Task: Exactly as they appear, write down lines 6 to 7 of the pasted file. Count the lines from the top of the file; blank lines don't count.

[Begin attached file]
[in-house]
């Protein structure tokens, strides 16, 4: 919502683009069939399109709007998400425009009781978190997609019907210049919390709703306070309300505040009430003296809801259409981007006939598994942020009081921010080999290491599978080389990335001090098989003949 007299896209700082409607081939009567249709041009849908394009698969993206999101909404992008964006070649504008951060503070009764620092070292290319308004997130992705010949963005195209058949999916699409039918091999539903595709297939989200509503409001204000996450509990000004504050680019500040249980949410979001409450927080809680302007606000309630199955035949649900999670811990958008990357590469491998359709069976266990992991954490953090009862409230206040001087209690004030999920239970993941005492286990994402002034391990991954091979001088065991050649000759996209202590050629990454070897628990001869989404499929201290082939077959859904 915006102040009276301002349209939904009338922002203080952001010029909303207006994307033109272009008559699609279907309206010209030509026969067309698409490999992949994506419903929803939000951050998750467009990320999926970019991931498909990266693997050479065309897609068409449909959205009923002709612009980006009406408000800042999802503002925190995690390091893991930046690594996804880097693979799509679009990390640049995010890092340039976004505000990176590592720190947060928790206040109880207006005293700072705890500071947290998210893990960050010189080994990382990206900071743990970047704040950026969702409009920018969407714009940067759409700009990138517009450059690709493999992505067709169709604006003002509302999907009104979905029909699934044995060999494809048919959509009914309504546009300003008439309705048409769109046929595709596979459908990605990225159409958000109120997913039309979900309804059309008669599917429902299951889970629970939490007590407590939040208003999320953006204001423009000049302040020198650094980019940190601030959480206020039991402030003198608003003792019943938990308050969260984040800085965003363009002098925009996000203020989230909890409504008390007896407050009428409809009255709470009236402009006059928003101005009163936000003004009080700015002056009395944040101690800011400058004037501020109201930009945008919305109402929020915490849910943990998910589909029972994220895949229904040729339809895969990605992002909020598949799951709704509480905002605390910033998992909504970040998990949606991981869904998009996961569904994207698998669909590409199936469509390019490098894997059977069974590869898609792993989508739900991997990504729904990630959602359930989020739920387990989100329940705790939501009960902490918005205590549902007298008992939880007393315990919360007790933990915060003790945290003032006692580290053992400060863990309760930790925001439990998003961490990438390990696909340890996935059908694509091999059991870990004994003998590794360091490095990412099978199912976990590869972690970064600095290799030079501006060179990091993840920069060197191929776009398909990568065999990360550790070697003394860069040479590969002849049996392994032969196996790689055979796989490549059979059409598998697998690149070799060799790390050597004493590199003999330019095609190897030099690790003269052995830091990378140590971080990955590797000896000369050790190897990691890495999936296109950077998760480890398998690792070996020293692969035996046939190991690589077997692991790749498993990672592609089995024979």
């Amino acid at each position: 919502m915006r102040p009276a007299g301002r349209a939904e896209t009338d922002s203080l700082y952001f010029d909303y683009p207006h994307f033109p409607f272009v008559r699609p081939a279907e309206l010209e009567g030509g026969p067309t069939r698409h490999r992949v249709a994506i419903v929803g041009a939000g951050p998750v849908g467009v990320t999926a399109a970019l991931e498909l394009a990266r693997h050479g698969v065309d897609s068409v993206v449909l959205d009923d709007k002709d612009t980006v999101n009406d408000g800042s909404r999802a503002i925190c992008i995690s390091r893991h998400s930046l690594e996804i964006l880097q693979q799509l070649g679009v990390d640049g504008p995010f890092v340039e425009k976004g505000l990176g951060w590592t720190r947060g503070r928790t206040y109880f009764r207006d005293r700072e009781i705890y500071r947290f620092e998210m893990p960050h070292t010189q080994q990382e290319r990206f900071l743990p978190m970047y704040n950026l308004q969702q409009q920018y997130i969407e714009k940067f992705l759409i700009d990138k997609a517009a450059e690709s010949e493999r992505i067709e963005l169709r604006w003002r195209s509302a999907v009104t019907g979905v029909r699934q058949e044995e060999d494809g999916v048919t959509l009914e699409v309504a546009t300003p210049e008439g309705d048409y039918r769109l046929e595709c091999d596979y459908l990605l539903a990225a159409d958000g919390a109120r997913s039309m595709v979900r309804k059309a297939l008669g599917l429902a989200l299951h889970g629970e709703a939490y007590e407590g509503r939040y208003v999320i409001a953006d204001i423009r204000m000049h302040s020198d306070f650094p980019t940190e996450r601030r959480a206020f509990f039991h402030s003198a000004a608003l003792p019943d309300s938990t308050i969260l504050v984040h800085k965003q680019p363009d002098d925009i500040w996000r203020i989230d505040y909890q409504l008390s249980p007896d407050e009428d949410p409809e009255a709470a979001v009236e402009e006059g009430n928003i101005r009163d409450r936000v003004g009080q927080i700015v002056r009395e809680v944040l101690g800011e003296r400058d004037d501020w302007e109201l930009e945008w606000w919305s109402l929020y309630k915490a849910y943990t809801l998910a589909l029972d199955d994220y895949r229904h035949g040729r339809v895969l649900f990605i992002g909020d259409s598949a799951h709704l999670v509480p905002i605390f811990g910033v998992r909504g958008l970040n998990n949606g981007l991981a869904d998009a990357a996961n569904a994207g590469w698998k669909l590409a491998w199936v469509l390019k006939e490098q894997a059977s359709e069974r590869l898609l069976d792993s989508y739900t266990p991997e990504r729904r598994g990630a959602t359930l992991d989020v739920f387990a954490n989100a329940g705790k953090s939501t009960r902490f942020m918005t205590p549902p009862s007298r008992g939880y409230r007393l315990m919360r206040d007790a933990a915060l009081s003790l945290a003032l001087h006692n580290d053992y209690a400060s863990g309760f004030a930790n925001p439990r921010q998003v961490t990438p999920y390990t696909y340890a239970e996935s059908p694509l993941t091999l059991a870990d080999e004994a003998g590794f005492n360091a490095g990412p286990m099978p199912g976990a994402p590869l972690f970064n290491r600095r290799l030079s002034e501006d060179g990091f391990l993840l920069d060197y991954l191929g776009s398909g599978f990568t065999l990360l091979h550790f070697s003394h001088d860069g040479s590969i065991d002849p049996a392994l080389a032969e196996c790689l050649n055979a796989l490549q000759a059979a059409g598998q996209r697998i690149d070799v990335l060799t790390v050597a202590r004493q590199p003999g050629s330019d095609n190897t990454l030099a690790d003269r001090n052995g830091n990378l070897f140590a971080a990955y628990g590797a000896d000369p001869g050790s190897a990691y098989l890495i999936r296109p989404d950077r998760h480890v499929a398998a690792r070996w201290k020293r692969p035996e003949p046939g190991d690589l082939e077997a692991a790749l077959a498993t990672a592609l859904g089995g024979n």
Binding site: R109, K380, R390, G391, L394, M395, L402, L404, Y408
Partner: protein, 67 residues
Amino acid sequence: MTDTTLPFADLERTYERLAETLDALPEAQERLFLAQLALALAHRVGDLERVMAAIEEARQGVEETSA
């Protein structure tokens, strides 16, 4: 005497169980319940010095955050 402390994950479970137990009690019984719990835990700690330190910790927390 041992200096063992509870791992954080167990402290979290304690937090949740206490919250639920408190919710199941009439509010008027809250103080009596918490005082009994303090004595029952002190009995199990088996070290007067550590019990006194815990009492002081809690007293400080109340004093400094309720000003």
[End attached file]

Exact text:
Amino acid sequence: MTDTTLPFADLERTYERLAETLDALPEAQERLFLAQLALALAHRVGDLERVMAAIEEARQGVEETSA
């Protein structure tokens, strides 16, 4: 005497169980319940010095955050 402390994950479970137990009690019984719990835990700690330190910790927390 041992200096063992509870791992954080167990402290979290304690937090949740206490919250639920408190919710199941009439509010008027809250103080009596918490005082009994303090004595029952002190009995199990088996070290007067550590019990006194815990009492002081809690007293400080109340004093400094309720000003």